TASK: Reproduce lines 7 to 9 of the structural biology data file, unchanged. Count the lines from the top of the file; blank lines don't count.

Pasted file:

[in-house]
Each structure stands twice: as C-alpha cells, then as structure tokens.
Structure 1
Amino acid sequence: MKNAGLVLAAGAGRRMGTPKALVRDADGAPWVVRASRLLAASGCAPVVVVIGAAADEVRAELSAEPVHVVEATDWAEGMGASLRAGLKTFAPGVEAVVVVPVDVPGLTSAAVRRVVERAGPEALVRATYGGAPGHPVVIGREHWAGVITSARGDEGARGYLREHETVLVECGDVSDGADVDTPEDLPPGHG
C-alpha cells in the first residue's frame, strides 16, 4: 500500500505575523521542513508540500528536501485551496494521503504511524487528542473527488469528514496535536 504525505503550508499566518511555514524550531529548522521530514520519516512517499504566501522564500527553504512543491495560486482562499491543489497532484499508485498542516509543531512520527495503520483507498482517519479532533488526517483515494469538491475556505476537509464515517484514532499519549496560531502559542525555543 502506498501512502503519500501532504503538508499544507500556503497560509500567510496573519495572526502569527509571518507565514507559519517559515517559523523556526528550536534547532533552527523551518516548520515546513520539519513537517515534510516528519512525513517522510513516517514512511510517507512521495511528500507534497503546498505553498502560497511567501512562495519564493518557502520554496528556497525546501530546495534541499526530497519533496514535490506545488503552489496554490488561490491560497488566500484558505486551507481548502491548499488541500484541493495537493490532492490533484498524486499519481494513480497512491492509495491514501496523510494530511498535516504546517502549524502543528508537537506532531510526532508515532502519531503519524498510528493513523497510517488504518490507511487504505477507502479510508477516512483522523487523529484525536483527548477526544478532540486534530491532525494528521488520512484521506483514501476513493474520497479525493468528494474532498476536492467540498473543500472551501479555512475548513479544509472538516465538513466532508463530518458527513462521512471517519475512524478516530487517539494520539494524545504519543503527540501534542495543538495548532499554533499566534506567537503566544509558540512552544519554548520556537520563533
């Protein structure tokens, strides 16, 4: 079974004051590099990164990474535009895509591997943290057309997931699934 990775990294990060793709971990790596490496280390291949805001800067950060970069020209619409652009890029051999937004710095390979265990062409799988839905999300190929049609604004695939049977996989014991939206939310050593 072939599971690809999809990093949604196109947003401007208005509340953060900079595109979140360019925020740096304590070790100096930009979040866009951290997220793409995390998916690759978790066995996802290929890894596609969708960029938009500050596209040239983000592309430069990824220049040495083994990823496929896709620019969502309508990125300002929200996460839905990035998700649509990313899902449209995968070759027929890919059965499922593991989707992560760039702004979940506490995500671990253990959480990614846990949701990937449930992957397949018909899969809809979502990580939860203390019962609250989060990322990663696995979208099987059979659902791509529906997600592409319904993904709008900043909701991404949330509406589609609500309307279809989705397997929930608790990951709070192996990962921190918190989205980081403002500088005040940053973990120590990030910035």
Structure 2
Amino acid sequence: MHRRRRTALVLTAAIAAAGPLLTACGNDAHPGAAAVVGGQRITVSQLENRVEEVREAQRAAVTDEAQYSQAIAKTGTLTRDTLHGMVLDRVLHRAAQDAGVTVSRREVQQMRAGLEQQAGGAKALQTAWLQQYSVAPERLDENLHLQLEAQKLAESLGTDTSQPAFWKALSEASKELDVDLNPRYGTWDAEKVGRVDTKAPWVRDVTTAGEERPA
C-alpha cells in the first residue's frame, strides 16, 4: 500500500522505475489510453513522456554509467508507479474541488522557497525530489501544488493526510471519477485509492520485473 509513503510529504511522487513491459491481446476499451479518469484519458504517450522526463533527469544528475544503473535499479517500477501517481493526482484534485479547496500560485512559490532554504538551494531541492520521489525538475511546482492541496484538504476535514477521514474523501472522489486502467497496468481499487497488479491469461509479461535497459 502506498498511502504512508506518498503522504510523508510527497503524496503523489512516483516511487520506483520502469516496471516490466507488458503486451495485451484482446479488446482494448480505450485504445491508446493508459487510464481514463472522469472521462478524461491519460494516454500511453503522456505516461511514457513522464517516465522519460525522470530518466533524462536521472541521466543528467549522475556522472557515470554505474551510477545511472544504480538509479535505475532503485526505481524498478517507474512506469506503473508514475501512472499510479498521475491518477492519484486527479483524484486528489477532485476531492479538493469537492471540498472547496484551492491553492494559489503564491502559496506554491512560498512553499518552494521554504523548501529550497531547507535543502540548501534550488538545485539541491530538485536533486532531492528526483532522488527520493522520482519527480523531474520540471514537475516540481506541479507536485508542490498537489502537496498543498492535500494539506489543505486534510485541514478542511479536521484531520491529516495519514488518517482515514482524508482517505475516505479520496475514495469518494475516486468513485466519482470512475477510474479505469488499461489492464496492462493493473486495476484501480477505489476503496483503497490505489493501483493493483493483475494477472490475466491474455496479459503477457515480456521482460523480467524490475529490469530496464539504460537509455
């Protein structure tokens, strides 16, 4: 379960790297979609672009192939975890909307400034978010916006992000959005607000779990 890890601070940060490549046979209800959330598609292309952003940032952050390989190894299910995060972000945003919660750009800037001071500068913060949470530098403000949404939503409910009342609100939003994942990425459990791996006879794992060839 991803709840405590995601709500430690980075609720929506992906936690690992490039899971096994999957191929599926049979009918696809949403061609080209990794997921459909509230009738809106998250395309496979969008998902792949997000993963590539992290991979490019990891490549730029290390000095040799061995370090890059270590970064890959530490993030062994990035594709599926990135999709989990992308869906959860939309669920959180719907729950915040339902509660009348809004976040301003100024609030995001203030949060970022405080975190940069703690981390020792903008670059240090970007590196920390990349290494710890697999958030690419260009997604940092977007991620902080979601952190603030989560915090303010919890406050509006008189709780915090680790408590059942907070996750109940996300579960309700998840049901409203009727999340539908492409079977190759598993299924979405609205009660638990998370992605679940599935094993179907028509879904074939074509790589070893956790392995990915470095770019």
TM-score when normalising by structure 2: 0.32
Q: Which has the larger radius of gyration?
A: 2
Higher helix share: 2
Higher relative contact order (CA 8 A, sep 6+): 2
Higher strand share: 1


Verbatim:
Structure 2
Amino acid sequence: MHRRRRTALVLTAAIAAAGPLLTACGNDAHPGAAAVVGGQRITVSQLENRVEEVREAQRAAVTDEAQYSQAIAKTGTLTRDTLHGMVLDRVLHRAAQDAGVTVSRREVQQMRAGLEQQAGGAKALQTAWLQQYSVAPERLDENLHLQLEAQKLAESLGTDTSQPAFWKALSEASKELDVDLNPRYGTWDAEKVGRVDTKAPWVRDVTTAGEERPA
C-alpha cells in the first residue's frame, strides 16, 4: 500500500522505475489510453513522456554509467508507479474541488522557497525530489501544488493526510471519477485509492520485473 509513503510529504511522487513491459491481446476499451479518469484519458504517450522526463533527469544528475544503473535499479517500477501517481493526482484534485479547496500560485512559490532554504538551494531541492520521489525538475511546482492541496484538504476535514477521514474523501472522489486502467497496468481499487497488479491469461509479461535497459 502506498498511502504512508506518498503522504510523508510527497503524496503523489512516483516511487520506483520502469516496471516490466507488458503486451495485451484482446479488446482494448480505450485504445491508446493508459487510464481514463472522469472521462478524461491519460494516454500511453503522456505516461511514457513522464517516465522519460525522470530518466533524462536521472541521466543528467549522475556522472557515470554505474551510477545511472544504480538509479535505475532503485526505481524498478517507474512506469506503473508514475501512472499510479498521475491518477492519484486527479483524484486528489477532485476531492479538493469537492471540498472547496484551492491553492494559489503564491502559496506554491512560498512553499518552494521554504523548501529550497531547507535543502540548501534550488538545485539541491530538485536533486532531492528526483532522488527520493522520482519527480523531474520540471514537475516540481506541479507536485508542490498537489502537496498543498492535500494539506489543505486534510485541514478542511479536521484531520491529516495519514488518517482515514482524508482517505475516505479520496475514495469518494475516486468513485466519482470512475477510474479505469488499461489492464496492462493493473486495476484501480477505489476503496483503497490505489493501483493493483493483475494477472490475466491474455496479459503477457515480456521482460523480467524490475529490469530496464539504460537509455